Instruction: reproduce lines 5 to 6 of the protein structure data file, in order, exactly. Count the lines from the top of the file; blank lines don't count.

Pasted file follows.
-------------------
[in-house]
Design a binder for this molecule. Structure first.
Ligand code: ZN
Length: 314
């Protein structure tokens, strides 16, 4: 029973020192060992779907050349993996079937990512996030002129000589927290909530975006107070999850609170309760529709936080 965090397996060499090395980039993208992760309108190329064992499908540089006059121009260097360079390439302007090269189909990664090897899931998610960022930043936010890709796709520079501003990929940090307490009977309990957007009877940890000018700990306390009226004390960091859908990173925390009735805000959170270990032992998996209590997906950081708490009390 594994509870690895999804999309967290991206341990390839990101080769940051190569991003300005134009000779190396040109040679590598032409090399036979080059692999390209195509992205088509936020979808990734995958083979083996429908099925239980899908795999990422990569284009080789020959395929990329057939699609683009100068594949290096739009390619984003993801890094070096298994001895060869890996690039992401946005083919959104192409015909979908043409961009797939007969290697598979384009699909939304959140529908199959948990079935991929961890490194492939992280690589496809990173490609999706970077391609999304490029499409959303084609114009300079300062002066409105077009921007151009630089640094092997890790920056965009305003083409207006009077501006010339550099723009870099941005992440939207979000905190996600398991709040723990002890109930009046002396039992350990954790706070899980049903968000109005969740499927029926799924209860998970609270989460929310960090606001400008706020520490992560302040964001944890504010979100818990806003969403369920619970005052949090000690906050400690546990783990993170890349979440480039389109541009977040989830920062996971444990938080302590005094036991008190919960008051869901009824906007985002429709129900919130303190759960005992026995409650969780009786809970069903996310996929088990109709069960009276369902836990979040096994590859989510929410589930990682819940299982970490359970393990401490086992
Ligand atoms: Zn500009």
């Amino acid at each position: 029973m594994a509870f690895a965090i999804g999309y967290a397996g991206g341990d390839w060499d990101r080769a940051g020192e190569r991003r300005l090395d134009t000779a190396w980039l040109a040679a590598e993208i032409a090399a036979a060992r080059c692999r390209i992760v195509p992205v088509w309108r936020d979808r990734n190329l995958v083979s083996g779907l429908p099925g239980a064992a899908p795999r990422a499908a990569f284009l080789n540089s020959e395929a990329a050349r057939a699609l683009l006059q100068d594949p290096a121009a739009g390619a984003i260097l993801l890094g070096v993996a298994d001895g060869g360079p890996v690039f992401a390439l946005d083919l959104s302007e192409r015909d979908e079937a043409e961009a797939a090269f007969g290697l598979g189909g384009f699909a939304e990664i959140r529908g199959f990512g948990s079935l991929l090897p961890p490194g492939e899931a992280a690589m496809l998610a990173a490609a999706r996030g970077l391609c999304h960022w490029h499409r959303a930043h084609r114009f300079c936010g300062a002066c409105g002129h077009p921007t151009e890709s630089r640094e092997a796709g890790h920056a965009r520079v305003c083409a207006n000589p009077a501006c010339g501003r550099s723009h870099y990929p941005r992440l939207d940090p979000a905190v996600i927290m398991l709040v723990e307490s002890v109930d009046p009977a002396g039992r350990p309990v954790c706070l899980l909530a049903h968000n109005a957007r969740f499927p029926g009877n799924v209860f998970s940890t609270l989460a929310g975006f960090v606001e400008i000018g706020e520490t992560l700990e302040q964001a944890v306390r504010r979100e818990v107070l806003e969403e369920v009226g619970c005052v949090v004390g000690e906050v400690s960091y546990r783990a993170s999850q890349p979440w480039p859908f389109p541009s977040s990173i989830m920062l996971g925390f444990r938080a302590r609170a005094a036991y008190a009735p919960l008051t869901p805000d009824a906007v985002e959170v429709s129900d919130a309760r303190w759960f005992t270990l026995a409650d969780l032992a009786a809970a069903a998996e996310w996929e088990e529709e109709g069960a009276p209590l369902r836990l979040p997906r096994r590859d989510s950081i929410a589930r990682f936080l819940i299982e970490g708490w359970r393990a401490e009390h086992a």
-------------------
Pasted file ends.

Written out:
């Protein structure tokens, strides 16, 4: 029973020192060992779907050349993996079937990512996030002129000589927290909530975006107070999850609170309760529709936080 965090397996060499090395980039993208992760309108190329064992499908540089006059121009260097360079390439302007090269189909990664090897899931998610960022930043936010890709796709520079501003990929940090307490009977309990957007009877940890000018700990306390009226004390960091859908990173925390009735805000959170270990032992998996209590997906950081708490009390 594994509870690895999804999309967290991206341990390839990101080769940051190569991003300005134009000779190396040109040679590598032409090399036979080059692999390209195509992205088509936020979808990734995958083979083996429908099925239980899908795999990422990569284009080789020959395929990329057939699609683009100068594949290096739009390619984003993801890094070096298994001895060869890996690039992401946005083919959104192409015909979908043409961009797939007969290697598979384009699909939304959140529908199959948990079935991929961890490194492939992280690589496809990173490609999706970077391609999304490029499409959303084609114009300079300062002066409105077009921007151009630089640094092997890790920056965009305003083409207006009077501006010339550099723009870099941005992440939207979000905190996600398991709040723990002890109930009046002396039992350990954790706070899980049903968000109005969740499927029926799924209860998970609270989460929310960090606001400008706020520490992560302040964001944890504010979100818990806003969403369920619970005052949090000690906050400690546990783990993170890349979440480039389109541009977040989830920062996971444990938080302590005094036991008190919960008051869901009824906007985002429709129900919130303190759960005992026995409650969780009786809970069903996310996929088990109709069960009276369902836990979040096994590859989510929410589930990682819940299982970490359970393990401490086992
Ligand atoms: Zn500009």